Tim Armstrong - Tim Timebomb Sings Songs from RockNRoll Theater [digital] (Cover Artwork)
Staff Review

Tim Armstrong

Tim Armstrong: Tim Timebomb Sings Songs from RockNRoll Theater [digital]

Tim Timebomb Sings Songs from RockNRoll Theater [digital] (2012)



Say what you will about Rancid's Tim Armstrongâ?¦no go ahead and say it, you are probably rightâ?¦but the man isn't afraid to take musical risks. Sure, he put out a record with Skinhead Rob and rapped about how some of his friends sold records and some sold drugs, but he also helped Jimmy Cliff put out his best record in about 20 years. That's why when Armstrong announced the release of his musical, Tim Timebomb's RockNRoll Theater it might have sounded silly (particularly in the aftermath of American Idiot) but it was artistically ballsy as well. To Armstrong's credit, it mostly worked. Likewise, Armstrong's second solo album, Tim Timebomb Sings Songs from RocknNRoll Theater finds Armstrong covering the tunes he wrote for the musical and taking musical risks that are more successful than not.

For the most part, Tim Timebomb Sings is rooted in classic Rancid three chord street punk. Songs clip along at about two minutes, 30 seconds with snappy choruses. Most interesting is that while this album follows Rancid's worst release by far, the songs here are simpler, but simply put, much better compositions. The riffs are snappier. The songs are more energetic. The lyrics are more memorable. In many ways, this LP simply should have been the last Rancid album.

Still, Armstrong does take some interesting detours. "No Reverence" is backed by a soul choir that sounds like it could have come from Norman Greenbaum's "Spirit in the Sky." "Justice Tonight," a laggardly ska number, could have come off Cliff's Rebirth and features sultry female co-vocals. No lie, but "No More Living," with its distanced soft background vocals and muted, Western-funk strings, could have been a Kenny Rogers tune. And you know what, it works.

But, while the experiments work, one almost wishes Armstrong could have been more extreme. The songs are all rooted in nearly the same mid-tempo with the sole exception being "Let's Fuck," with its short running time and hardcore riff, seems to remind me of another song that I just can't place. All of these songs sound like Armstrong recorded them sitting down. The execution is fine, but the laid-back atmosphere of the songs hampers the harder edge that many of the songs have. Similarly, Armstrong's voice seem to be the most reserved to date. In fact, on "We Did Alright" it almost sounds like he has a cold. Hopefully Armstrong isn't losing his voice, but the constant smooth (smooth for Armstrong that is) delivery on every track takes out some of the bite. With just a bit more juice, some of these songs could storm like Rancid 2000.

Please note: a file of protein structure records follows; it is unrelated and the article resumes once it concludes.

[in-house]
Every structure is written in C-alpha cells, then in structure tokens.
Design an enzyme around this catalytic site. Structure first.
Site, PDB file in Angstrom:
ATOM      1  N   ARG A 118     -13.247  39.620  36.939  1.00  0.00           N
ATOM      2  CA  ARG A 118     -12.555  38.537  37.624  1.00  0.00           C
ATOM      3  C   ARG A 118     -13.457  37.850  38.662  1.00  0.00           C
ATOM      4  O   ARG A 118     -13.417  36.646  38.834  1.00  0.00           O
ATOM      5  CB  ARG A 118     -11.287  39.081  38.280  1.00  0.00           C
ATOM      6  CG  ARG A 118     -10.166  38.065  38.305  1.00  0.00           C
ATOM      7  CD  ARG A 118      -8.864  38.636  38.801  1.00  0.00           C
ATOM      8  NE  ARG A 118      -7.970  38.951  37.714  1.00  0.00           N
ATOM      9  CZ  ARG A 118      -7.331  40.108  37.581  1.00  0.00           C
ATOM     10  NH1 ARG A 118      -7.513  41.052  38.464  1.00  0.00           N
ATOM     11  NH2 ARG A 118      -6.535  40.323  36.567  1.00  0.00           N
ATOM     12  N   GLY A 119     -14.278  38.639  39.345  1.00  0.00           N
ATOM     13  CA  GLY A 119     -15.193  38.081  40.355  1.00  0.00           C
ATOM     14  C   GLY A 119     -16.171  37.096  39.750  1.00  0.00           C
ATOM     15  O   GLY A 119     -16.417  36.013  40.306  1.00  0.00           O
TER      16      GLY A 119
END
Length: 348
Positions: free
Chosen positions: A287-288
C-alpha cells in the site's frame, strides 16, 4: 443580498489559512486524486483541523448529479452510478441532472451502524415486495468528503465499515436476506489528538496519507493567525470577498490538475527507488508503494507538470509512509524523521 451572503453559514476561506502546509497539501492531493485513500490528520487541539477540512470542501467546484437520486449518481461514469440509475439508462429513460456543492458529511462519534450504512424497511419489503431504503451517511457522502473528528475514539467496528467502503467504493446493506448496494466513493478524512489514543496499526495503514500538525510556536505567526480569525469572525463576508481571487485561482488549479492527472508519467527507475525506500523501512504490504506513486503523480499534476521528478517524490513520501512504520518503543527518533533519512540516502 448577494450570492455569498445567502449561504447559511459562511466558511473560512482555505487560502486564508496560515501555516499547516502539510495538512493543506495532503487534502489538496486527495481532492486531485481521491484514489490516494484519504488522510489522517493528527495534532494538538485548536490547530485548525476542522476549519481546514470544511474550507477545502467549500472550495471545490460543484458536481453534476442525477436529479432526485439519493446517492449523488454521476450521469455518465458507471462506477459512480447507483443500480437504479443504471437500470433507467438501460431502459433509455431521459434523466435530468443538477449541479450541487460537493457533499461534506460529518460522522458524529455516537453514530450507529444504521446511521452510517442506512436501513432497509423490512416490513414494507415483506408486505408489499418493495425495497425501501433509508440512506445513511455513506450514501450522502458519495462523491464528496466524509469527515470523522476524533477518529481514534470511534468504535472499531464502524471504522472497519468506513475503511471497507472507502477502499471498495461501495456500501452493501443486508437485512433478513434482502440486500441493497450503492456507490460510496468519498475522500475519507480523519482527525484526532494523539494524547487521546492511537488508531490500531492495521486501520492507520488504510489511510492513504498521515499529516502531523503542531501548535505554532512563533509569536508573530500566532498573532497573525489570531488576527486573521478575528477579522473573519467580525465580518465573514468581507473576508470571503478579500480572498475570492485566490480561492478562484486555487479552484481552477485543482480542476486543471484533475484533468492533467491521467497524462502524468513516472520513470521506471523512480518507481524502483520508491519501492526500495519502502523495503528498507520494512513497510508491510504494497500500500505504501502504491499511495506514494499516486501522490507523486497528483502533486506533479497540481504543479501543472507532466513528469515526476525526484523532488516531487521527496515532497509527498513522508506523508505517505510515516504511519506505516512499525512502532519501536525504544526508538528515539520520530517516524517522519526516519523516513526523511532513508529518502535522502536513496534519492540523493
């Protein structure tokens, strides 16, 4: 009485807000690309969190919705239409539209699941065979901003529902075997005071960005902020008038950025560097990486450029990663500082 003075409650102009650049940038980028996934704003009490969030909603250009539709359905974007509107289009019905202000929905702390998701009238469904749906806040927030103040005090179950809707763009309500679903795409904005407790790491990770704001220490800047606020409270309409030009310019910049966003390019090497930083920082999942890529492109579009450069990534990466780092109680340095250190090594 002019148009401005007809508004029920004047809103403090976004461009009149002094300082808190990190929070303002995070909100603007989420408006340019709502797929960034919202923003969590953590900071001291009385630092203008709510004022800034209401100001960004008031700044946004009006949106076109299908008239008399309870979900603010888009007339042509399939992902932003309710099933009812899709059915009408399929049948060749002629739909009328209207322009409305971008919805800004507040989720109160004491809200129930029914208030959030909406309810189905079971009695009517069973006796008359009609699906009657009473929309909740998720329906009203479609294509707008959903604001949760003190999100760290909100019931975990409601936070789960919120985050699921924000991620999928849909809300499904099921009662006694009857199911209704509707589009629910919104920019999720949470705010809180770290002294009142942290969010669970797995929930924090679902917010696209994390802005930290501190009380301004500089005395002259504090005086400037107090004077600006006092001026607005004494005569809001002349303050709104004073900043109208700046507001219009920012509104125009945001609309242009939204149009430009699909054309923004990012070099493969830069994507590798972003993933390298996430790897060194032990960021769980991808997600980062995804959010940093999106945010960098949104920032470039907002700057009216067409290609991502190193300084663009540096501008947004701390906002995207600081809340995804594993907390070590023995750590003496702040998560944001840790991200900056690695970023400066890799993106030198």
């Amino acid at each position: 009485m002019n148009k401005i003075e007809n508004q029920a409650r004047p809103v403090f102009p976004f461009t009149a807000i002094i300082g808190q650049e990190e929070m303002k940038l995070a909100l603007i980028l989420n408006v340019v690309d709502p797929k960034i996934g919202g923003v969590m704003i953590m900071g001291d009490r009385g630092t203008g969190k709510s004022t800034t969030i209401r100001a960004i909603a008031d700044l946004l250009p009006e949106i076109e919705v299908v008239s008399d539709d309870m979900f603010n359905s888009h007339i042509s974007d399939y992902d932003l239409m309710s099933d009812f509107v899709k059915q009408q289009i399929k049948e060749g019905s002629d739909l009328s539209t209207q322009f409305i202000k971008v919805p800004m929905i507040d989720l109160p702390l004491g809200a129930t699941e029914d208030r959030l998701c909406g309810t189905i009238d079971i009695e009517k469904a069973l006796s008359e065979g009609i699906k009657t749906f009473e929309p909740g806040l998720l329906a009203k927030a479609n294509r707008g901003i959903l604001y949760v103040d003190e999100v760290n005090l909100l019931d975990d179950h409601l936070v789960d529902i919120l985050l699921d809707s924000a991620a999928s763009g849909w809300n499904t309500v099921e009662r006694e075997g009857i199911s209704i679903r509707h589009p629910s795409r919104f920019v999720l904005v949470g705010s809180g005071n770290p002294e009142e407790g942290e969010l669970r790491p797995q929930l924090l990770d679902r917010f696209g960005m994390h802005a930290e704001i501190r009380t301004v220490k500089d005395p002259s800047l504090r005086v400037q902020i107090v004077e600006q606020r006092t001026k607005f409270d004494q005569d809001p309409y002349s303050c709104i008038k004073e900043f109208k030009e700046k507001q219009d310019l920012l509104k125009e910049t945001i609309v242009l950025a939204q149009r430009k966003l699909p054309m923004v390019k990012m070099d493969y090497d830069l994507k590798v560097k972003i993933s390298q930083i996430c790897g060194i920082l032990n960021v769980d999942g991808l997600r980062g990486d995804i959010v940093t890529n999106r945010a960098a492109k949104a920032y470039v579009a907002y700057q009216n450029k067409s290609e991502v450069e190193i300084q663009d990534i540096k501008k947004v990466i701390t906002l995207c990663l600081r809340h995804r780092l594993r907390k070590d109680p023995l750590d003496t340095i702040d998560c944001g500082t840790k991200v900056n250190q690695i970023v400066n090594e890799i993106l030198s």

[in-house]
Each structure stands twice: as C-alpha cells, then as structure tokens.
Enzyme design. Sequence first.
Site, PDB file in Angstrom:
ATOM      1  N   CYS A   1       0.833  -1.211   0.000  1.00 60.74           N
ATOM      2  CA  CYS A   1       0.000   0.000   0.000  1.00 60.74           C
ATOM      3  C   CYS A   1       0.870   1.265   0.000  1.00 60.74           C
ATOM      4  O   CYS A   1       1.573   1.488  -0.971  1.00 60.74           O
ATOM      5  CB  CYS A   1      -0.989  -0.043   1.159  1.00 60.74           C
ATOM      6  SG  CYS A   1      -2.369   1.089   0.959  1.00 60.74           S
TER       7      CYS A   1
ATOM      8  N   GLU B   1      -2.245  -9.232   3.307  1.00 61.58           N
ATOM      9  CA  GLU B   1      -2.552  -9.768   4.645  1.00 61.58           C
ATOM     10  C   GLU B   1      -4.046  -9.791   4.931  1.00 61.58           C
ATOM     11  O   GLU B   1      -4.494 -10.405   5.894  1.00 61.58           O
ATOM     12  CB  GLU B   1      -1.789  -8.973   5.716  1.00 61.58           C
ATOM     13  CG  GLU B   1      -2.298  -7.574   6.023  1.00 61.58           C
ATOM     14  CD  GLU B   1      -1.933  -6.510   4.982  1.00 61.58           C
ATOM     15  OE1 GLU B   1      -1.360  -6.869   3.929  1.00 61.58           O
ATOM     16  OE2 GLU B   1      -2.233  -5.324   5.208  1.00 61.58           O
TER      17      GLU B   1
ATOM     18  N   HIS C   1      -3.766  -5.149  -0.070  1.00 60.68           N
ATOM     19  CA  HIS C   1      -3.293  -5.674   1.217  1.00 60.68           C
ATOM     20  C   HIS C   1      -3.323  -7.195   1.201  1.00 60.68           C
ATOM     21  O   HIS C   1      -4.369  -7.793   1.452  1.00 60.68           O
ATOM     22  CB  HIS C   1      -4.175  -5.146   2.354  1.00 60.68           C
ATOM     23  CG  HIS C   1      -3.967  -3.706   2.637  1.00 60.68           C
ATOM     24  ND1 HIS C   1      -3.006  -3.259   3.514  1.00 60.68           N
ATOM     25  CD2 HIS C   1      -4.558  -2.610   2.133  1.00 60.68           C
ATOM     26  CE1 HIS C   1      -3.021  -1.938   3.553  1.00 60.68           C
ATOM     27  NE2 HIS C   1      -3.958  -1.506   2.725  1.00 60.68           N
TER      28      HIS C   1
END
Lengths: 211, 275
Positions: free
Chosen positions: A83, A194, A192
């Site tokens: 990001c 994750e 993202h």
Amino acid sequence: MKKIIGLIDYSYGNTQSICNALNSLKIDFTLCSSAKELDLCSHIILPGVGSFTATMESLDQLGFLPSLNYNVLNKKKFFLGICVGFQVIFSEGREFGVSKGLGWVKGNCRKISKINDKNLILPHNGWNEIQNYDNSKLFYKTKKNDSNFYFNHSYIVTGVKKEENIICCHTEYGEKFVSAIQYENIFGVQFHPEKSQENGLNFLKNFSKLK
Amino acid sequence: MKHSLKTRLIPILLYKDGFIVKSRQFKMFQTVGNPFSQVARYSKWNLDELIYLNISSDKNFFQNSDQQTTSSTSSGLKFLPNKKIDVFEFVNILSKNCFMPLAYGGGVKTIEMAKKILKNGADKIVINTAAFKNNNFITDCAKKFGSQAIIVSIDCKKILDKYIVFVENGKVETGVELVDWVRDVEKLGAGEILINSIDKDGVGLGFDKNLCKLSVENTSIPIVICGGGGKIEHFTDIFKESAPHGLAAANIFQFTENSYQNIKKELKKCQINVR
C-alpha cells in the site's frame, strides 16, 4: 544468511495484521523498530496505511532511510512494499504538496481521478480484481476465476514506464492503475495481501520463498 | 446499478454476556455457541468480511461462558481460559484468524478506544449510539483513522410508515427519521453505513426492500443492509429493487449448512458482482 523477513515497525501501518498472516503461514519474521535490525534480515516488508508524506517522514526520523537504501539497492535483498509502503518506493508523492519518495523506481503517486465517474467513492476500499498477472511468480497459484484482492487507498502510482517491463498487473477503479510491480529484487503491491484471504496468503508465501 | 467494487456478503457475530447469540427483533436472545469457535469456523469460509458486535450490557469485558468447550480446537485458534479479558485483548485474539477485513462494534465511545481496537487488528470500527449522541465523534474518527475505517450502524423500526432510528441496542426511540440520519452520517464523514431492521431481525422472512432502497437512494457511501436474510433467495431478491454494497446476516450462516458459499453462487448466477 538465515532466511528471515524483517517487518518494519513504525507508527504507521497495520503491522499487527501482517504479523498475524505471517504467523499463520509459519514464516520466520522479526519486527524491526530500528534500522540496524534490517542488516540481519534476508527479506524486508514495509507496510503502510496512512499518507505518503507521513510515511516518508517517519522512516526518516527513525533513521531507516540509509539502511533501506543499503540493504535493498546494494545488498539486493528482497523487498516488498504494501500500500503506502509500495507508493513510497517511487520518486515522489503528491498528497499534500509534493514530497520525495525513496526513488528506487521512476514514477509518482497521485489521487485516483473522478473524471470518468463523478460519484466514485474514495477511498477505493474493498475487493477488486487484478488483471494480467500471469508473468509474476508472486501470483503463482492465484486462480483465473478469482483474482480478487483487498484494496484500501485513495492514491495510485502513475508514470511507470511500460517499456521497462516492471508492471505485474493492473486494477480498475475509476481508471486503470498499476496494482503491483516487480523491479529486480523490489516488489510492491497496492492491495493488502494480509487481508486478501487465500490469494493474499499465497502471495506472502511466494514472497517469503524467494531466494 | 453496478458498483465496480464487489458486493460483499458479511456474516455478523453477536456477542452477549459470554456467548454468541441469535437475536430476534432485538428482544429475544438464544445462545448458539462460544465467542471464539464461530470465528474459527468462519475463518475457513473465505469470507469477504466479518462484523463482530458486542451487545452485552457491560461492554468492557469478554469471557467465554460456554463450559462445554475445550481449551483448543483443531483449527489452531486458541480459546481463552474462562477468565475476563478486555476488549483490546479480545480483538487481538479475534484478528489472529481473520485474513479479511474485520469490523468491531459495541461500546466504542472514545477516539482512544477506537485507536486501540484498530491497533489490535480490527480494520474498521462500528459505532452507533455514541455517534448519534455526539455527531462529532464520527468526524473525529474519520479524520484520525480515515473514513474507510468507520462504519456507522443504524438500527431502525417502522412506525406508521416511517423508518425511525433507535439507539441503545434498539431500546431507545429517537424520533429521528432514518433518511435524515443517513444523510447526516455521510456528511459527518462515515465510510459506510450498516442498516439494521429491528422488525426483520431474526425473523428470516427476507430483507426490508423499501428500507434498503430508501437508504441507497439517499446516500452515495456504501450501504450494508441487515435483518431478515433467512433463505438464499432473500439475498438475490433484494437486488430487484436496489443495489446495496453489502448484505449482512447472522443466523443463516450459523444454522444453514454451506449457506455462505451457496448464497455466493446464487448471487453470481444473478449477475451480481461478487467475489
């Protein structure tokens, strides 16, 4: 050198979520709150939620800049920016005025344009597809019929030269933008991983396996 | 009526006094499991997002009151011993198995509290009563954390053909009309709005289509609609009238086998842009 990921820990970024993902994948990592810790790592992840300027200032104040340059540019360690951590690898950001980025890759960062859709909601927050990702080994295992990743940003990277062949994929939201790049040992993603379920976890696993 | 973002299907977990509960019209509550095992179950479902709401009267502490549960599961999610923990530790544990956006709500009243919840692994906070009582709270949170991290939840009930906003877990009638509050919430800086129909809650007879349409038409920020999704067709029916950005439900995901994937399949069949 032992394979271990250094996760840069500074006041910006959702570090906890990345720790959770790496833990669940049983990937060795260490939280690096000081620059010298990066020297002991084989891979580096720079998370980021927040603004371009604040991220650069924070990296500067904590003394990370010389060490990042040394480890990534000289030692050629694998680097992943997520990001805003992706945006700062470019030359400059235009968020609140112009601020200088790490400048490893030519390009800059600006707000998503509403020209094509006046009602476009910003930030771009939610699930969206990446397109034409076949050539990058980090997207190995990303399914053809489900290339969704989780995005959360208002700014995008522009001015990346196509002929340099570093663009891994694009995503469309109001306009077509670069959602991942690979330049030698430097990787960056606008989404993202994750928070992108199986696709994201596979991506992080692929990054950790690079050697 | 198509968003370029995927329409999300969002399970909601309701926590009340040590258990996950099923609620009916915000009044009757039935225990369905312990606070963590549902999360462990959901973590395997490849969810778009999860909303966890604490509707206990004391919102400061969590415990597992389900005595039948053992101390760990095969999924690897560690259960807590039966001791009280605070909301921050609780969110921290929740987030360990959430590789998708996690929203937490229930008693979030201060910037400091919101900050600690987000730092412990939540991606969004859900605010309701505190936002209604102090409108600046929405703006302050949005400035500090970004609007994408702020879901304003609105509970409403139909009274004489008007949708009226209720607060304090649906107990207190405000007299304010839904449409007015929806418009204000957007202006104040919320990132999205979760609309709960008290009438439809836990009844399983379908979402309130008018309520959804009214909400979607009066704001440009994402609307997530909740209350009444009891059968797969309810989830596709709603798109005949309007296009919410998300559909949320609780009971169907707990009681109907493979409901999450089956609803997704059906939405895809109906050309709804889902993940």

If anything, Armstrong again exhibits that he understands the DNA of classic rock and roll and almost effortlessly writes songs that are classic sounding, but not route. Meanwhile, Lars Frederiksen's Old Firm Casuals are kicking out seven-inches that have some rampagingly great licks, if somewhat silly lyrics. So, if both Rancid poles still have the goods, that begs the question, why was Let the Dominoes Fall so bad? It's mystifying. The delivery here suggests that the band might not want to perform as hard as they used to in the studio, but the song composition suggests that if actually do put in the elbow grease, another classic is but two minutes, 30 seconds away,